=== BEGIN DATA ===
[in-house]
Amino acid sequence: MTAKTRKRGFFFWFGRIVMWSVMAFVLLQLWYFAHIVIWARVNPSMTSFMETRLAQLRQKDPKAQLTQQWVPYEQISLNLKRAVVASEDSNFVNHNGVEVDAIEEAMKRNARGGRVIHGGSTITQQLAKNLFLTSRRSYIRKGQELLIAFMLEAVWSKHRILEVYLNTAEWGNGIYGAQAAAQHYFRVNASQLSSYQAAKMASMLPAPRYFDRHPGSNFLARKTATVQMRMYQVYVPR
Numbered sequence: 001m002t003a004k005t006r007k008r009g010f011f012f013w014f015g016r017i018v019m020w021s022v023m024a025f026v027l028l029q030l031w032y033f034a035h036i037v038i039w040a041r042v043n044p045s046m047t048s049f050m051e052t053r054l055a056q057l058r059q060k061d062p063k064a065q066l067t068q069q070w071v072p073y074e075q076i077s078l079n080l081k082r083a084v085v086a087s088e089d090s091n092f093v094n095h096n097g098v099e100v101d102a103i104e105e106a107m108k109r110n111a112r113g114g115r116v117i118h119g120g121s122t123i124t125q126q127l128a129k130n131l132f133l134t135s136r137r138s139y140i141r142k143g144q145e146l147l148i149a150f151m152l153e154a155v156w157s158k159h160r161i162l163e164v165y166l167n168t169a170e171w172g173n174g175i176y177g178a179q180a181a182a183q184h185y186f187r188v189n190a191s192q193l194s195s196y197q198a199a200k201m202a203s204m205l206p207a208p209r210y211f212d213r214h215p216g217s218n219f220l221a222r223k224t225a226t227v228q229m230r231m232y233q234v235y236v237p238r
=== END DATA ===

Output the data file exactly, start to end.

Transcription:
[in-house]
Amino acid sequence: MTAKTRKRGFFFWFGRIVMWSVMAFVLLQLWYFAHIVIWARVNPSMTSFMETRLAQLRQKDPKAQLTQQWVPYEQISLNLKRAVVASEDSNFVNHNGVEVDAIEEAMKRNARGGRVIHGGSTITQQLAKNLFLTSRRSYIRKGQELLIAFMLEAVWSKHRILEVYLNTAEWGNGIYGAQAAAQHYFRVNASQLSSYQAAKMASMLPAPRYFDRHPGSNFLARKTATVQMRMYQVYVPR
Numbered sequence: 001m002t003a004k005t006r007k008r009g010f011f012f013w014f015g016r017i018v019m020w021s022v023m024a025f026v027l028l029q030l031w032y033f034a035h036i037v038i039w040a041r042v043n044p045s046m047t048s049f050m051e052t053r054l055a056q057l058r059q060k061d062p063k064a065q066l067t068q069q070w071v072p073y074e075q076i077s078l079n080l081k082r083a084v085v086a087s088e089d090s091n092f093v094n095h096n097g098v099e100v101d102a103i104e105e106a107m108k109r110n111a112r113g114g115r116v117i118h119g120g121s122t123i124t125q126q127l128a129k130n131l132f133l134t135s136r137r138s139y140i141r142k143g144q145e146l147l148i149a150f151m152l153e154a155v156w157s158k159h160r161i162l163e164v165y166l167n168t169a170e171w172g173n174g175i176y177g178a179q180a181a182a183q184h185y186f187r188v189n190a191s192q193l194s195s196y197q198a199a200k201m202a203s204m205l206p207a208p209r210y211f212d213r214h215p216g217s218n219f220l221a222r223k224t225a226t227v228q229m230r231m232y233q234v235y236v237p238r